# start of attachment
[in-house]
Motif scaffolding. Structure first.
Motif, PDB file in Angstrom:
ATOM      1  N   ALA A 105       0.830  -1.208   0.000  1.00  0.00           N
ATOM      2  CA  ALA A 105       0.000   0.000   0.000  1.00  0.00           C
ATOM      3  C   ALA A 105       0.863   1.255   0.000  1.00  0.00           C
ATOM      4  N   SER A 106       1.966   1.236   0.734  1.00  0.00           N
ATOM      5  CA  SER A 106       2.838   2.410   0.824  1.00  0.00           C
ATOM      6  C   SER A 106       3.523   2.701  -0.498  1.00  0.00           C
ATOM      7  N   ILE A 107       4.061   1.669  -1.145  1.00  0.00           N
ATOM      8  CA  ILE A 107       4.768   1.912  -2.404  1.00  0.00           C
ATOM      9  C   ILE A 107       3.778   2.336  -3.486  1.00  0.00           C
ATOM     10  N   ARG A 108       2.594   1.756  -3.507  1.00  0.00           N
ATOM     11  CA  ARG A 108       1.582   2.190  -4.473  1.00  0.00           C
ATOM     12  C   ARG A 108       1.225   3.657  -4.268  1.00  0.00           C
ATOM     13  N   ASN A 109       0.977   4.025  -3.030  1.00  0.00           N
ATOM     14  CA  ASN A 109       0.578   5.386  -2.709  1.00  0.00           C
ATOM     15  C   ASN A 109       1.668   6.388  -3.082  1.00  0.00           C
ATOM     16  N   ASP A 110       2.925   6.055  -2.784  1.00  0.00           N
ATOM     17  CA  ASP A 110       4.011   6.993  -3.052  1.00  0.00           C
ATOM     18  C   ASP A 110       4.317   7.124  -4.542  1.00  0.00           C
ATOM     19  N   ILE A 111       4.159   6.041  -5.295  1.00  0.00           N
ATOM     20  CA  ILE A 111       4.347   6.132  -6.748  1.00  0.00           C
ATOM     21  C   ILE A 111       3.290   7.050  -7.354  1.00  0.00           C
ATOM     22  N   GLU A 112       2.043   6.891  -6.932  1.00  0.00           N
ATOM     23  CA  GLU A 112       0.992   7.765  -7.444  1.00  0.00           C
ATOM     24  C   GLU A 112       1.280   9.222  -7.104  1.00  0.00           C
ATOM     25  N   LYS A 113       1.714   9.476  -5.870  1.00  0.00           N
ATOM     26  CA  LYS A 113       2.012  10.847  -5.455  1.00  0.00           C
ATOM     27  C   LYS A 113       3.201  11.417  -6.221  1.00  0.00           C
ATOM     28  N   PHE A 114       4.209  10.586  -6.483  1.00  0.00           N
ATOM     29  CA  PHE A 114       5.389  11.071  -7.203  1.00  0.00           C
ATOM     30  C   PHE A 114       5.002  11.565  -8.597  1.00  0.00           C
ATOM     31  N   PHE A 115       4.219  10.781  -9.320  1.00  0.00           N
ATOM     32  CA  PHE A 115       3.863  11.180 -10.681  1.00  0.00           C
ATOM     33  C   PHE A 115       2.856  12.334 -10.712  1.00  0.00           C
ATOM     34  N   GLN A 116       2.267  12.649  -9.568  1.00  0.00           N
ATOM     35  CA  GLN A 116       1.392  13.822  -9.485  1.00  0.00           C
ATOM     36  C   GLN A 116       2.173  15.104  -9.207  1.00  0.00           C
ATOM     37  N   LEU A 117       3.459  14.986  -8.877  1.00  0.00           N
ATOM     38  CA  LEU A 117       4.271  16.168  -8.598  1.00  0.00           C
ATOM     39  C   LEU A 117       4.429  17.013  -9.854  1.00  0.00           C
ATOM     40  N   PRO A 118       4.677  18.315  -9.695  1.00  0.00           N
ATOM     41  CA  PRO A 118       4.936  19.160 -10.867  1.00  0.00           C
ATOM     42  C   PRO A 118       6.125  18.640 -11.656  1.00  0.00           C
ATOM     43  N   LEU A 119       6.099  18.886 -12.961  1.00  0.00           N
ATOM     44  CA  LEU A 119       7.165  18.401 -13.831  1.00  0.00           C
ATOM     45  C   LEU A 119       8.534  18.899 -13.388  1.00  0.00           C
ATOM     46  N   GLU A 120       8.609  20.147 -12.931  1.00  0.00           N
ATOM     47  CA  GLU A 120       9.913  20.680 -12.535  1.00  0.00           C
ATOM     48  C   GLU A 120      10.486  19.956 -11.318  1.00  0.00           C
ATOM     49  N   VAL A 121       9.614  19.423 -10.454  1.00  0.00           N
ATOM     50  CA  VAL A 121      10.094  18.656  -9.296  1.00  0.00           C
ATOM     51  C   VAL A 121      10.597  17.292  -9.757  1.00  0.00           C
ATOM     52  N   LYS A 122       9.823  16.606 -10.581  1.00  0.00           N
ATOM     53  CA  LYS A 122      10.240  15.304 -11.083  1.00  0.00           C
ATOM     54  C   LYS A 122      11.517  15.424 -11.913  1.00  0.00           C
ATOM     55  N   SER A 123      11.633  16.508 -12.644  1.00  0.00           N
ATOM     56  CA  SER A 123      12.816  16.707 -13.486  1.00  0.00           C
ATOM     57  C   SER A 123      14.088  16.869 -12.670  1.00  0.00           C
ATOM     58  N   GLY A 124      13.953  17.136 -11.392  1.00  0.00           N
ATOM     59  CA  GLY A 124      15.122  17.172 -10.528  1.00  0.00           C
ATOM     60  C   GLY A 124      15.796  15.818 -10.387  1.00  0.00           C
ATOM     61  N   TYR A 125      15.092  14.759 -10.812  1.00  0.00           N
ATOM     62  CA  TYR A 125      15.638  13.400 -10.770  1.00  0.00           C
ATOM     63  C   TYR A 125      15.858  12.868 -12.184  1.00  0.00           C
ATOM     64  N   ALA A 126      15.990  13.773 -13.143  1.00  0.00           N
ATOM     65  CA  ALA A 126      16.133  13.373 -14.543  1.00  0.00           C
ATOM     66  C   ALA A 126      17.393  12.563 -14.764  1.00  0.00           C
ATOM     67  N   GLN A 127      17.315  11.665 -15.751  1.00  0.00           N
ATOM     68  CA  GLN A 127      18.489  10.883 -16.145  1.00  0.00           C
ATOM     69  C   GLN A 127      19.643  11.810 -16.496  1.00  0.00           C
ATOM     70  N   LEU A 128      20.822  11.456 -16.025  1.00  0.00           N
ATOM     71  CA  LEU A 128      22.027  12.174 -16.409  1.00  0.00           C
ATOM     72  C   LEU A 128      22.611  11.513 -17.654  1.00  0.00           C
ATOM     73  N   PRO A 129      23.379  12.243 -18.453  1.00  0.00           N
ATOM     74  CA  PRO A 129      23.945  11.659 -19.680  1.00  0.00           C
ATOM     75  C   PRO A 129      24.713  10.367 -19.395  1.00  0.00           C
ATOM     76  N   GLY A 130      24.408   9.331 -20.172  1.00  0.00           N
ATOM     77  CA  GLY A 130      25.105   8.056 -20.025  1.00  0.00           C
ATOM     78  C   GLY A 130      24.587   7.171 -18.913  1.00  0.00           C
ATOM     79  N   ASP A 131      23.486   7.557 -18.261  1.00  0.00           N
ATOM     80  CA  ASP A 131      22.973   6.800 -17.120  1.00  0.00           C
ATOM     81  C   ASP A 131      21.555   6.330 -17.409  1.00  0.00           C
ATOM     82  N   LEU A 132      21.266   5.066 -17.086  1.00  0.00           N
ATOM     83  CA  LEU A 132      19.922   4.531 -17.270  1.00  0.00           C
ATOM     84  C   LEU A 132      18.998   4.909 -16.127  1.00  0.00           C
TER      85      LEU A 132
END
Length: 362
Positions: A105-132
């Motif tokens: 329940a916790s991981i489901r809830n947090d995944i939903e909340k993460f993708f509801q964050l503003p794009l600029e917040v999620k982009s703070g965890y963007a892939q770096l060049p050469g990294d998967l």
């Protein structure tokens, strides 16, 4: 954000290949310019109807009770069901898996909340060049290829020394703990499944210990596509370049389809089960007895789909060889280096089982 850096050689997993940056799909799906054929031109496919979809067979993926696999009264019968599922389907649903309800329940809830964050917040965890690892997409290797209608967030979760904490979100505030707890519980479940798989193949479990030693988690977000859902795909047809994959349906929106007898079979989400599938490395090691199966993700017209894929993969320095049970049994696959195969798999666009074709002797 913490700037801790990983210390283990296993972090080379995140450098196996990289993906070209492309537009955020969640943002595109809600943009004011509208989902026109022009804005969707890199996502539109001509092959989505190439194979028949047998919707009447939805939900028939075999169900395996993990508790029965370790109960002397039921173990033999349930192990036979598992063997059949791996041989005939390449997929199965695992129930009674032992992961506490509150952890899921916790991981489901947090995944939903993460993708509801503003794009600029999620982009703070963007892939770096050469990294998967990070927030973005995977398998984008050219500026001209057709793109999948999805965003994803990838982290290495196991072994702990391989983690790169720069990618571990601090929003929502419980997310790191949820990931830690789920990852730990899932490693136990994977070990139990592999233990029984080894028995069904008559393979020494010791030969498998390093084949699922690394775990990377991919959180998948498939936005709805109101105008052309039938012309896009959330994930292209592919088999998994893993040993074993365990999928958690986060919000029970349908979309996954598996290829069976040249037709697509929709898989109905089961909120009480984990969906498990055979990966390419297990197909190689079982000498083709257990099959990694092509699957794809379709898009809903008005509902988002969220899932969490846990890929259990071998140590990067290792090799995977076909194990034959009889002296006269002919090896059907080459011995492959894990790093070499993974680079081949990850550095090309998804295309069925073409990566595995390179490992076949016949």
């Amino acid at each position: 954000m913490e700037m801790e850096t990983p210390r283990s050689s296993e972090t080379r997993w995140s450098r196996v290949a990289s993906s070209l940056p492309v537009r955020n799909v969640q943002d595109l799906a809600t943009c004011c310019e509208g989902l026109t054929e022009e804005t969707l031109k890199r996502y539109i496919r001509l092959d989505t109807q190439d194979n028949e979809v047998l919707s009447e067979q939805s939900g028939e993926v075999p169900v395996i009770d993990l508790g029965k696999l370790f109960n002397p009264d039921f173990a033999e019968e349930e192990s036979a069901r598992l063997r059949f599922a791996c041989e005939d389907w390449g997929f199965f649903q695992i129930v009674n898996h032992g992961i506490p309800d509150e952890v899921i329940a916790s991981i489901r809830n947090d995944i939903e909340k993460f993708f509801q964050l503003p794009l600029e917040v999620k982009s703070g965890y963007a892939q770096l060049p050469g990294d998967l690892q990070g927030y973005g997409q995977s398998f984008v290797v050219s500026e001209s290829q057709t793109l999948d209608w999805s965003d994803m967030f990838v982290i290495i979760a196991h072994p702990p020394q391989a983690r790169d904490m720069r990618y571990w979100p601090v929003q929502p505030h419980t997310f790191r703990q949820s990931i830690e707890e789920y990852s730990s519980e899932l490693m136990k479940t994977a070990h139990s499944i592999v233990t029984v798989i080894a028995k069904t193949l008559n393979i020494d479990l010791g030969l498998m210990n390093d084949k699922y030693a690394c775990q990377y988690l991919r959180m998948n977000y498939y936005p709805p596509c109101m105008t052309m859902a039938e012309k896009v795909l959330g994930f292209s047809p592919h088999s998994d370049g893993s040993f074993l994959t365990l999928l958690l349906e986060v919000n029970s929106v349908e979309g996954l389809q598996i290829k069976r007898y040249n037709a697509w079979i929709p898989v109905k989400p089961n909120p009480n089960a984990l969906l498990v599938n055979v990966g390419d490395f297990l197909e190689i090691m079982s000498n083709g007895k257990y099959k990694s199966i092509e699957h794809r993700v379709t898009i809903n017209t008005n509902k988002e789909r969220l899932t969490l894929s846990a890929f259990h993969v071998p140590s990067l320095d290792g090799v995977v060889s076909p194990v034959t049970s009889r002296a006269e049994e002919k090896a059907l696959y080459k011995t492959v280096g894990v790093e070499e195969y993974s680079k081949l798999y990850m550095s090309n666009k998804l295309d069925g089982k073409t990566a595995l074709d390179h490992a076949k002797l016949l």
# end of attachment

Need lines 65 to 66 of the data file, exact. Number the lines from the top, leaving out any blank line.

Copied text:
ATOM     62  CA  TYR A 125      15.638  13.400 -10.770  1.00  0.00           C
ATOM     63  C   TYR A 125      15.858  12.868 -12.184  1.00  0.00           C